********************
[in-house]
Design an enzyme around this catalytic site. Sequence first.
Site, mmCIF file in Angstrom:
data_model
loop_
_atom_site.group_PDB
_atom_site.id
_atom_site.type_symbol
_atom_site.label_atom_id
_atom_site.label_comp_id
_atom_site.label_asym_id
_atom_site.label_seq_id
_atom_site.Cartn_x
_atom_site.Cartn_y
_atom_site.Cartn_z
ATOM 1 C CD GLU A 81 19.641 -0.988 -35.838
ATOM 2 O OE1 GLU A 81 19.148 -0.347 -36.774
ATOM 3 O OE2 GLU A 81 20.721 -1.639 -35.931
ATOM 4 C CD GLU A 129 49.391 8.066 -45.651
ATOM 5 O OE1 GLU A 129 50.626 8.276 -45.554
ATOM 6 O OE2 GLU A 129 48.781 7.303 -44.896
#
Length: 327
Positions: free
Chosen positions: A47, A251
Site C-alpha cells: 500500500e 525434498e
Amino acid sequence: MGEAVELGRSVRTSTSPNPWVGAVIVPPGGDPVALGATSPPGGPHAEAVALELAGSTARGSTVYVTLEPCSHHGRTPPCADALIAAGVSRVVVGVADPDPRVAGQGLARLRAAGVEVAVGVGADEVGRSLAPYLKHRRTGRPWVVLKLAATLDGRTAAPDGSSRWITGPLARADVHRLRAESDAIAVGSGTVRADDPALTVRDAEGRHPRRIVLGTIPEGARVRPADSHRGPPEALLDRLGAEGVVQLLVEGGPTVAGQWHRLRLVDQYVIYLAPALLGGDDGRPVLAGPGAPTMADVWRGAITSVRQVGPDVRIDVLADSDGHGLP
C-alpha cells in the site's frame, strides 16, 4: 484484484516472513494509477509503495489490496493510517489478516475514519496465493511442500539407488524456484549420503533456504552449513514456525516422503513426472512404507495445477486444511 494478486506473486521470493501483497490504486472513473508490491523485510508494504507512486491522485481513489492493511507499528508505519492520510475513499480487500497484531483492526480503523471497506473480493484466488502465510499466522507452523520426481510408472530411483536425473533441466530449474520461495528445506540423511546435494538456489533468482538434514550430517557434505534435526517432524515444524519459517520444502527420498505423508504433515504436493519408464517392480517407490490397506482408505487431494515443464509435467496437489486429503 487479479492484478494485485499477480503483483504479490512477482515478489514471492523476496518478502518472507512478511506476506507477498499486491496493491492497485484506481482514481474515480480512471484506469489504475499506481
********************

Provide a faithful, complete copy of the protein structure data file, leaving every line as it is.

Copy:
[in-house]
Design an enzyme around this catalytic site. Sequence first.
Site, mmCIF file in Angstrom:
data_model
loop_
_atom_site.group_PDB
_atom_site.id
_atom_site.type_symbol
_atom_site.label_atom_id
_atom_site.label_comp_id
_atom_site.label_asym_id
_atom_site.label_seq_id
_atom_site.Cartn_x
_atom_site.Cartn_y
_atom_site.Cartn_z
ATOM 1 C CD GLU A 81 19.641 -0.988 -35.838
ATOM 2 O OE1 GLU A 81 19.148 -0.347 -36.774
ATOM 3 O OE2 GLU A 81 20.721 -1.639 -35.931
ATOM 4 C CD GLU A 129 49.391 8.066 -45.651
ATOM 5 O OE1 GLU A 129 50.626 8.276 -45.554
ATOM 6 O OE2 GLU A 129 48.781 7.303 -44.896
#
Length: 327
Positions: free
Chosen positions: A47, A251
Site C-alpha cells: 500500500e 525434498e
Amino acid sequence: MGEAVELGRSVRTSTSPNPWVGAVIVPPGGDPVALGATSPPGGPHAEAVALELAGSTARGSTVYVTLEPCSHHGRTPPCADALIAAGVSRVVVGVADPDPRVAGQGLARLRAAGVEVAVGVGADEVGRSLAPYLKHRRTGRPWVVLKLAATLDGRTAAPDGSSRWITGPLARADVHRLRAESDAIAVGSGTVRADDPALTVRDAEGRHPRRIVLGTIPEGARVRPADSHRGPPEALLDRLGAEGVVQLLVEGGPTVAGQWHRLRLVDQYVIYLAPALLGGDDGRPVLAGPGAPTMADVWRGAITSVRQVGPDVRIDVLADSDGHGLP
C-alpha cells in the site's frame, strides 16, 4: 484484484516472513494509477509503495489490496493510517489478516475514519496465493511442500539407488524456484549420503533456504552449513514456525516422503513426472512404507495445477486444511 494478486506473486521470493501483497490504486472513473508490491523485510508494504507512486491522485481513489492493511507499528508505519492520510475513499480487500497484531483492526480503523471497506473480493484466488502465510499466522507452523520426481510408472530411483536425473533441466530449474520461495528445506540423511546435494538456489533468482538434514550430517557434505534435526517432524515444524519459517520444502527420498505423508504433515504436493519408464517392480517407490490397506482408505487431494515443464509435467496437489486429503 487479479492484478494485485499477480503483483504479490512477482515478489514471492523476496518478502518472507512478511506476506507477498499486491496493491492497485484506481482514481474515480480512471484506469489504475499506481